Daily Devotion for January 11, 2014
Our Father, who art in heaven, hallowed be thy name. Thy kingdom come; Thy will be done, on earth as it is in heaven. Give us this day our daily bread, and forgive us our trespasses, as we forgive those who trespass against us. And lead us not into temptation, but deliver us from evil.
For Thine is the kingdom, and the power, and the glory, forever and ever.
Prayer for the Day Ahead (from an old Prayer Book)
Almighty God, my heavenly Father, who declares your glory and shows forth your creation in the heavens and in the earth; Deliver me, I pray, in whatever work my hand may find today, from the service of mammon; and assist me, that I may do the work which you have given me to do, in truth, in beauty, and in righteousness, with singleness of heart as your servant, and to the benefit of my fellow men; for the sake of him who came among us, humbling himself to serve all who came to him and received him, your Son, Jesus Christ our Lord.
Prayer of Abandonment
Father, I abandon myself into your hands; do with me what you will. Whatever you may do, I thank you: I am ready for all, I accept all. Let only your will be done in me, and in all Your creatures — I wish no more than this, O Lord.
Into your hands I commend my soul; I offer it to you with all the love of my heart, for I love you Lord, and so need to give myself, to surrender myself into your hands, without reserve, and with boundless confidence,
For you are my Father.
Joy of friendships be yours
Wealth of memories be yours
Fruit of endevor be yours
Hope of heaven be yours
Peace of God be yours.
(Additional prayers may be found at Prayers for All Occasions.)
God be with you 'til we meet again.
Job 14:1-2 (KJV)
He cometh forth like a flower, and is cut down: he fleeth also as a shadow, and continueth not.
Matthew 15:10-20 (ESV)
What Defiles a Person 
And he called the people to him and said to them, “Hear and understand: It is not what goes into the mouth that defiles a person, but what comes out of the mouth; this defiles a person.”
Then the disciples came and said to him, “Do you know that the Pharisees were offended when they heard this saying?” He answered, “Every plant that my heavenly Father has not planted will be rooted up. Let them alone; they are blind guides. And if the blind lead the blind, both will fall into a pit.”
But Peter said to him, “Explain the parable to us.”
And he said, “Are you also still without understanding? Do you not see that whatever goes into the mouth passes into the stomach and is expelled? But what comes out of the mouth proceeds from the heart, and this defiles a person. For out of the heart come evil thoughts, murder, adultery, sexual immorality, theft, false witness, slander. These are what defile a person. But to eat with unwashed hands does not defile anyone.”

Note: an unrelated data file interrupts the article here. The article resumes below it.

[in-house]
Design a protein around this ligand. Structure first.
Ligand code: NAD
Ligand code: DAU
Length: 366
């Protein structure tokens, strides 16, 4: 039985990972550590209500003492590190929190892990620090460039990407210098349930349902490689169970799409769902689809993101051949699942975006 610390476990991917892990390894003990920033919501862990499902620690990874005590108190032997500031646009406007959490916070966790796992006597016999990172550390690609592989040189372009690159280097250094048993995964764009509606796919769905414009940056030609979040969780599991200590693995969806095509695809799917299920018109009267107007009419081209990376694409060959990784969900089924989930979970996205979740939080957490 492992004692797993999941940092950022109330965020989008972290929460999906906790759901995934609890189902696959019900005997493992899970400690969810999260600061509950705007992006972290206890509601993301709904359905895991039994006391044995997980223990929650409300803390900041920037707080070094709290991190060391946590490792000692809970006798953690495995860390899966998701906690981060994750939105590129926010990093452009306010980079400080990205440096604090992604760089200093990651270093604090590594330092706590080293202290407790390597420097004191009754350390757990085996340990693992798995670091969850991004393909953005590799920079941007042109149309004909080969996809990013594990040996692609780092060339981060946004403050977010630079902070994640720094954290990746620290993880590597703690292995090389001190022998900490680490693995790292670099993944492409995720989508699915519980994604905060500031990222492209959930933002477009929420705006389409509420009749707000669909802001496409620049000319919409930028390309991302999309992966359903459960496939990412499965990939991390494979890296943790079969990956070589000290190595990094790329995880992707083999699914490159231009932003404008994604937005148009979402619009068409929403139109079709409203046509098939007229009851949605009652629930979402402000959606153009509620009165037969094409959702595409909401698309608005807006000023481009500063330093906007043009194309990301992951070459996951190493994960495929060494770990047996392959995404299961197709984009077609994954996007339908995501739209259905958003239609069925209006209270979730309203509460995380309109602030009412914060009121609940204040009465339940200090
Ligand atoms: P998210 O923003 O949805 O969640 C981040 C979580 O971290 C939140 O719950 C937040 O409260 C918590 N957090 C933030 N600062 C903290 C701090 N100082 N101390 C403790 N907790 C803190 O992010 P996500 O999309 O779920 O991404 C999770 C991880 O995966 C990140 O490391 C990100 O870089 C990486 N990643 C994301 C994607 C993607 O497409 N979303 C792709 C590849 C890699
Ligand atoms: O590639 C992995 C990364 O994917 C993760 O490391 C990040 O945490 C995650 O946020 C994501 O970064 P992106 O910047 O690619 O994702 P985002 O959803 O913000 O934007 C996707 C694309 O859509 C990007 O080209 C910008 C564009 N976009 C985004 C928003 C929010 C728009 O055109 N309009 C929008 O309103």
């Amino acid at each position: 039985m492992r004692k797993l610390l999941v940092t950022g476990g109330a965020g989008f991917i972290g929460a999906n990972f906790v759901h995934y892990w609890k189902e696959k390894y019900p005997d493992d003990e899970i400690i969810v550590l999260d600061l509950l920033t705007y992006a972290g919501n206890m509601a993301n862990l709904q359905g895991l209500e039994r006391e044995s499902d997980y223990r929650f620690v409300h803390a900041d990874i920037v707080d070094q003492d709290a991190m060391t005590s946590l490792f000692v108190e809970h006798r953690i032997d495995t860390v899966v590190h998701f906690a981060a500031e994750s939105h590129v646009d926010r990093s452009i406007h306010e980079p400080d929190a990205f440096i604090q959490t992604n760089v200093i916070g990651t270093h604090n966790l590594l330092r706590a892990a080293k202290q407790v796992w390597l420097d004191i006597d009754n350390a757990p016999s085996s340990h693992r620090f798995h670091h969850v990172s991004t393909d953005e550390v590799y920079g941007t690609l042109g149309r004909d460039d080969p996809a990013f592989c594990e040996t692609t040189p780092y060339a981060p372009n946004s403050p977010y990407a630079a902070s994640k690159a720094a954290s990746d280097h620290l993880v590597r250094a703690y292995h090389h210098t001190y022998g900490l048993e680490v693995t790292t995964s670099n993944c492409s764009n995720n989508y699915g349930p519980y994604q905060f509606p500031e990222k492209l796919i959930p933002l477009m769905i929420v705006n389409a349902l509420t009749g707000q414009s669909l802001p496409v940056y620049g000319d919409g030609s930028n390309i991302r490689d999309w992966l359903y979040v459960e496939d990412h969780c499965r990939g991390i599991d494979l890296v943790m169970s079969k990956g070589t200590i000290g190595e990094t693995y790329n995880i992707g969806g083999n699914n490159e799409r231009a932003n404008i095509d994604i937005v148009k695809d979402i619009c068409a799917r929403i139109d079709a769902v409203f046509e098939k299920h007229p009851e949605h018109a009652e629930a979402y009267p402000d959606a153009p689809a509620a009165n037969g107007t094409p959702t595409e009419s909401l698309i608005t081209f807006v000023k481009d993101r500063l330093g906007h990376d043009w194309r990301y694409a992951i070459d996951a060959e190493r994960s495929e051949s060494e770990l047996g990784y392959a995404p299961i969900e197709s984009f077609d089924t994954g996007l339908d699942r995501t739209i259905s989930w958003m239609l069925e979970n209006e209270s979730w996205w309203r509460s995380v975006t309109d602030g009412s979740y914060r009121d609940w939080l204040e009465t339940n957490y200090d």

Notes on the Scripture
The words of the first paragraph, which seem like a simple statement to us, were shocking to the Jews. For over a thousand years, they had been taught that their dietary laws were mandatory, if one wanted to be righteous before God. To eat pork (for example) was to defile oneself, to become unclean in God's eyes. It was sinful. The entire basis of Judaism lay in literal compliance with the law. To say that this is outright wrong, as Jesus does here, cuts the legs out from underneath the Pharisees' religious beliefs.
In the Sermon on the Mount, specifically the first section in Matthew 5, Jesus had already preached that the righteousness of the heart and mind was more important to God than the outward compliance with ritual; but there, He also gave the rather perplexing gloss, that He had not come to abolish the law, but to fulfill it. He attacked Jewish hypocrisy, not Judaism.
Similarly, when He was accused of impiety because his disciples gathered food on the Sabbath, and when He healed the man with the withered hand on the Sabbath (Matthew 12), He sought to conciliate his teachings and actions with the law of Moses; his defense to his critics was that they were interpreting the law incorrectly. Here, however, Christ seems to take his message a full step closer to outright revolution. His words imply that a core belief of the Pharisees, based explicitly on the law of Moses, is simply wrong. And in fact, the parallel version in Mark spells it out for us: “(Thus he declared all foods clean.)” (Mark 7:19b).
This raises a huge headache for the Bible reader. How can we square Christ's rejection of the dietary laws with his previous statments, e.g. “until heaven and earth pass away, not the smallest letter or stroke shall pass from the Law until all is accomplished”? (Matthew 5:18)
We have seen, in previous chapters, that Christ often would transform a literal outward law, that is, a law pertaining to some particular external action, into a spiritual equivalent, a more general rule for the heart. In many cases, He would make a Mosaic law more stringent, such as telling us that holding hatred in our heart was the equivalent of murder.
So, as to the dietary laws, we might say that Christ has not completely abolished them, but rather transformed them. He continues to speak in terms of defilement, but He is concerned not with defilement of the body, but rather, defilement of the soul. The laws that we not put anything unclean into our mouth are transformed into rules that we not allow anything unclean to come out of our mouth. We can surely harm our bodies by ingesting something harmful, but this will effect only our life on earth; what will effect our righetousness before God, and thus our eternal life, is what we emit from out mouth.